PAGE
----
Wilmot had lived twenty years with Mrs. Fitzhenry. She had visited town with her at the time of Ethel's christening. She had been kept in vexatious ignorance of subsequent events, till the period of the visit of her mistress and niece to London two years before, when she indemnified herself. Through the servants of Villiers, and of the Misses Saville, she had learnt a vast deal; and not satisfied with mere hearsay, she had seen Lady several times getting into her carriage at her own door, and had even been into her house: such energy is there in a liberal curiosity. The same disinterested feeling had caused her to go down to dame Nixon's with an offer from her mistress of service to the Lady, hearing she was ill. She went perfectly unsuspicious of the wonderful discovery she was about to make, and was thus rewarded beyond her most sanguine hopes, by being in possession of a secret, known to herself alone. The keeping of a secret is, however, a post of no honour if all knowledge be confined to the possessor alone. Mrs. Wilmot was tolerably faithful, with all her love of knowledge; she was sure it would vex her mistress if Lady Lodore's strange place of abode were known at Longfield, and Mrs. Fitzhenry was consequently the first person to whom she had hinted the fact. All this account she detailed with great volubility. Her mistress recommended discretion most earnestly; and at the same time expressed a doubt whether her information was correct.

"I wish you would go and judge for yourself, ma'am," said the maid.

"God forbid!" exclaimed Mrs. Fitzhenry. "God grant I never see Lady again! She will go soon. You tell me that dame Nixon says she is only staying till she is well. She will go soon, and it need never be known, except to ourselves, Wilmot, that she was ever here."

There was a dignity in this eternal mystery that somewhat compensated for the absence of wonder and fuss which the woman had anticipated with intense pleasure. She assured her mistress, over and over again, of her secrecy and discretion, and was dismissed with the exhortation to forget all she had learnt as quickly as possible.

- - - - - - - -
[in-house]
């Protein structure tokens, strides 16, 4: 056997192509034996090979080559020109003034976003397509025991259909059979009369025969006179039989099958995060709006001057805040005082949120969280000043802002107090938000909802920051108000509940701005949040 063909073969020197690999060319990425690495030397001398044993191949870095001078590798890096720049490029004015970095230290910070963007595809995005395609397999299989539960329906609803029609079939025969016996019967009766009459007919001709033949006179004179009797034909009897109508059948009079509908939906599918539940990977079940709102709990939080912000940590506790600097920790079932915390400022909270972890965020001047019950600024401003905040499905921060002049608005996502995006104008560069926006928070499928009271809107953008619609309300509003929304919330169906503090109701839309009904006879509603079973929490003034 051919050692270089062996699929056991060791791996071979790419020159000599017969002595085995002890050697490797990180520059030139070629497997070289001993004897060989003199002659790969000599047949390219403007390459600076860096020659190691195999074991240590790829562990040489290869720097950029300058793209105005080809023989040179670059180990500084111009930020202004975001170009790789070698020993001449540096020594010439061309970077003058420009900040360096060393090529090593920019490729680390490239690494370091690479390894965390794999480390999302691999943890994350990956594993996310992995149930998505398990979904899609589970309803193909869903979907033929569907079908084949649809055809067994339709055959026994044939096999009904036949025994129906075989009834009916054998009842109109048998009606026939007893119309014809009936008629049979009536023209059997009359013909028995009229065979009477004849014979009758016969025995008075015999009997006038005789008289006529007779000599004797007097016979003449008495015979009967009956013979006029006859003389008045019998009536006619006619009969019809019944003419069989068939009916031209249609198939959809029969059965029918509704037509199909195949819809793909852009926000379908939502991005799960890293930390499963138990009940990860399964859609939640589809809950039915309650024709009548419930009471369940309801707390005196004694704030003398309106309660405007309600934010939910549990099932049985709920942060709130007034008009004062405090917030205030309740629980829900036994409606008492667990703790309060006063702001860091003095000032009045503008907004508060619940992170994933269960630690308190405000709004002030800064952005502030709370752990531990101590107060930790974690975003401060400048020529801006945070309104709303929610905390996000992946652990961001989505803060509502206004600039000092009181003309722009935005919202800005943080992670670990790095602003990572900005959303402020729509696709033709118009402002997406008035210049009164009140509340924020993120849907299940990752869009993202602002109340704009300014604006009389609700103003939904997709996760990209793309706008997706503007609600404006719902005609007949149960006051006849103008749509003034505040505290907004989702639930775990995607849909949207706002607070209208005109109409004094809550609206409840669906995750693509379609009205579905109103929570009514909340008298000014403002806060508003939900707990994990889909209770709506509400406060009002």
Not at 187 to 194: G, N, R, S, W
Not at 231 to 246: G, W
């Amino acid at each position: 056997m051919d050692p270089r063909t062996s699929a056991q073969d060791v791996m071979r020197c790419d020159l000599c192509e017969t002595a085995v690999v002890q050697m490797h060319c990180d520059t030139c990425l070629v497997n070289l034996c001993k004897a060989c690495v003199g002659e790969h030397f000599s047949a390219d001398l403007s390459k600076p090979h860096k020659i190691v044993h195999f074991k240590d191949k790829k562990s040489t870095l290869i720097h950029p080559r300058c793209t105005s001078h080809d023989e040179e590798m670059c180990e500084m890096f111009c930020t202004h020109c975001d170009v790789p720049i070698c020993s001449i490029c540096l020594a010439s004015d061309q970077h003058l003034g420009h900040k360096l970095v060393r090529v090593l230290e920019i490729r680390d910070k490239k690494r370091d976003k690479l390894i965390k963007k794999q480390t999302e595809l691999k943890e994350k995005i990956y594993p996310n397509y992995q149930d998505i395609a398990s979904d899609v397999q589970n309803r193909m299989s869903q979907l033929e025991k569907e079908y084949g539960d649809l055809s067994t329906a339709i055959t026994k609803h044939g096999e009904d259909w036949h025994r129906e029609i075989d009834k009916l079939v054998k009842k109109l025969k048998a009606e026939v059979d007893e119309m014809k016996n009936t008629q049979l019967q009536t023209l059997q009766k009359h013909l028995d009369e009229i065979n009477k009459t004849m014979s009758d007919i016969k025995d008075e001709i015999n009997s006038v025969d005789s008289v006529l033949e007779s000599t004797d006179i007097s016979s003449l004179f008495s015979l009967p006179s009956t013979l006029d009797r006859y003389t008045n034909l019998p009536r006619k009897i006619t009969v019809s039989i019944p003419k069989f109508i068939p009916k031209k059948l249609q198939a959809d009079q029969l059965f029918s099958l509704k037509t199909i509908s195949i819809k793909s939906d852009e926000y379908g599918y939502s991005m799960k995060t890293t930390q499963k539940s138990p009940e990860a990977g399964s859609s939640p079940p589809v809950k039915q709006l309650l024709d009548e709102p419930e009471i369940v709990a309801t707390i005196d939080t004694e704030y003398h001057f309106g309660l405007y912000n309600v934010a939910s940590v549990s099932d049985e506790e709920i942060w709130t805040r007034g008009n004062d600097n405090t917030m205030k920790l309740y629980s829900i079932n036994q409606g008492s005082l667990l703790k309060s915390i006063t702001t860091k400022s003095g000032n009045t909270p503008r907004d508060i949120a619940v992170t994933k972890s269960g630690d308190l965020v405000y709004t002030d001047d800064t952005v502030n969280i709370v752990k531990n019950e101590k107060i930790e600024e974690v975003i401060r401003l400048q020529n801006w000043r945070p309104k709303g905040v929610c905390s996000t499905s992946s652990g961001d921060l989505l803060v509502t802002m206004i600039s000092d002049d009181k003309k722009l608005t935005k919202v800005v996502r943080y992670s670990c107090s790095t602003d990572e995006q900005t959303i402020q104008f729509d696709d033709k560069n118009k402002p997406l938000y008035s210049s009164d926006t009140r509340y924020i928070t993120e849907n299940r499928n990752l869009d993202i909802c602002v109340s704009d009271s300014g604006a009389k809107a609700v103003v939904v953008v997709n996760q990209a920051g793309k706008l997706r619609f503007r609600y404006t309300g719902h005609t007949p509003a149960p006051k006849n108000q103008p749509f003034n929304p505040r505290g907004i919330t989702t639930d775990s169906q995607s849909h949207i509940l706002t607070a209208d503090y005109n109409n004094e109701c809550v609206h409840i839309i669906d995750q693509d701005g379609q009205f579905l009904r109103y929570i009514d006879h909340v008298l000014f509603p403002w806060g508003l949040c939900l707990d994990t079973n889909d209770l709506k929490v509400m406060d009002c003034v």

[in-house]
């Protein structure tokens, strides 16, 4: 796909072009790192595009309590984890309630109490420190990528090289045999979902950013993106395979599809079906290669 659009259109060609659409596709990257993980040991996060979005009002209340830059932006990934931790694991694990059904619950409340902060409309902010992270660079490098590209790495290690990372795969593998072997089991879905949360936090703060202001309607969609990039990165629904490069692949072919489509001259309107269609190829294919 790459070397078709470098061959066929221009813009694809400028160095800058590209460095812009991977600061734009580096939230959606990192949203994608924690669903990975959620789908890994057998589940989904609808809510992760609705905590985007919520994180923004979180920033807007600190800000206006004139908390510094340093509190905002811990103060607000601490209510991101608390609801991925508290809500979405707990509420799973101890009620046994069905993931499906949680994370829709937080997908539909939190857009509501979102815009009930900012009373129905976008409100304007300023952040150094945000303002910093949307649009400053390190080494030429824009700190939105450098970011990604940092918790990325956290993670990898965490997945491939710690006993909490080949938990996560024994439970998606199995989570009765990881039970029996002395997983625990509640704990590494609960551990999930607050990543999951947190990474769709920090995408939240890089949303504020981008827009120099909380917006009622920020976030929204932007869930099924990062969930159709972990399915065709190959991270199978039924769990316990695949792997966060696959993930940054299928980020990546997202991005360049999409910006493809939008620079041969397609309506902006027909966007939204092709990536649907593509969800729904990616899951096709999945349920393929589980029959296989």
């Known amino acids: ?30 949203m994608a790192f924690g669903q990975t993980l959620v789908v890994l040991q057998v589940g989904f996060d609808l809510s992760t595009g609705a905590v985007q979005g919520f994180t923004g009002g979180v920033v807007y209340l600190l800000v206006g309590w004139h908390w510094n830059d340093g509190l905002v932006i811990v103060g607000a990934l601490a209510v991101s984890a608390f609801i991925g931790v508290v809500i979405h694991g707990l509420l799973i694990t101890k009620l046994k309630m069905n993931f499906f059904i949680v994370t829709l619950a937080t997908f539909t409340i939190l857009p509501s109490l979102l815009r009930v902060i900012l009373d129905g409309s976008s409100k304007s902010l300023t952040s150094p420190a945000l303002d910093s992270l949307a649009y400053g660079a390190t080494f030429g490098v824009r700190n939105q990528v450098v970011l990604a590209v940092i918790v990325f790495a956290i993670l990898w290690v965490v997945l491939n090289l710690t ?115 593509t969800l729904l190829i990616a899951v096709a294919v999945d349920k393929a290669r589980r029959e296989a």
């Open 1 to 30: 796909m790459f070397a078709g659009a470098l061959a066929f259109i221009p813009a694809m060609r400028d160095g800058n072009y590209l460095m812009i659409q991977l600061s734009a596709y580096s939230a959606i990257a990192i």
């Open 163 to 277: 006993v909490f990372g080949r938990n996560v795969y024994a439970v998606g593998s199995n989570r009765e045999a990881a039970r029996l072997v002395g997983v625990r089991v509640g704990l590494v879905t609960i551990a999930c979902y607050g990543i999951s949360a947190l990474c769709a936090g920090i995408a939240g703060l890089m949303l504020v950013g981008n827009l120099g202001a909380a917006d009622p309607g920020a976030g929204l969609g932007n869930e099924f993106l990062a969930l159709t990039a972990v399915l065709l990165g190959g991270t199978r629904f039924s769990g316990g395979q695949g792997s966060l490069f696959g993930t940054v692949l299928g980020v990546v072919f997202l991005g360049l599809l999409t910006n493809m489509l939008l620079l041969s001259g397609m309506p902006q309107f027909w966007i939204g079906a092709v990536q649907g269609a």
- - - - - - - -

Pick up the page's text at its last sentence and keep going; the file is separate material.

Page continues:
"Wherefore did she come here? what can she be doing?" Mrs. Fitzhenry asked herself over and over again. She could not guess. It was strange, it was mysterious, and some mischief was at the bottom—but she would go soon—"would that she were already gone!"

It must be mentioned that Mrs. Elizabeth Fitzhenry had left Maristow Castle before the arrival of Mr. Gayland, and had therefore no knowledge of the still more mysterious cloud that enveloped Lady 's absence. Ignorant of her self-destroying sacrifices and generosity, her pity was not excited, her feelings were all against her. She counted the days as they passed, and looked wistfully at Wilmot, hoping that she would quickly bring tidings of the Lady's departure. In vain; the doctor ceased to visit the cottage, but the Lady remained. All at once the doctor visited it again with greater assiduity than ever—not on account of his beautiful patient—but Dame Nixon had had a paralytic stroke, and the kind Lady had sent for him, and promised to defray all the expenses of the poor woman's illness.

All this was truly vexatious. Mrs. Fitzhenry fretted, and even asked Wilmot questions, but the unwelcome visitor was still there. Wherefore? What could have put so disagreeable a whim into her head? The good lady could think of no motive, while she considered her presence an insult. She was still more annoyed when she received a letter from Ethel. It had been proposed that Mr. and Mrs. Villiers should pay her a visit in the spring; but now Ethel wrote to say that she might be immediately expected. "I have strange things to tell you about my dear mother," wrote Ethel; "it is very uncertain where she is. Horatio can hear nothing of her at Paris, and will soon return. Edward is going to Wales, as there seems a great likelihood that she has secluded herself there. While he is away you may expect me. I shall not be able to stay long—he will come at the end of a week to fetch me."

Mrs. Fitzhenry shuddered. Her prejudices were stronger than ever. She experienced the utmost wretchedness from the idea that the residence of Lady would be discovered, and a family union effected. It seemed desecration to the memory of her brother, ruin to Ethel—the greatest misfortune that could befal any of them. Her feelings were exaggerated, but they were on that account the more powerful. How could she avert the evil?—a remedy must be sought, and she fixed on one—a desperate one, in truth, which appeared to her the sole mode of saving them all from the greatest disasters.

She resolved to visit Lady ; to represent to her the impropriety and wickedness of her having any intercourse with her daughter, and to entreat her to depart before Ethel's arrival. Her violence might almost seem madness; but all people who live in solitude become to a certain degree insane. Their views of things are not corrected by comparing them with those of others; and the strangest want of proportion always reigns in their ideas and sentiments.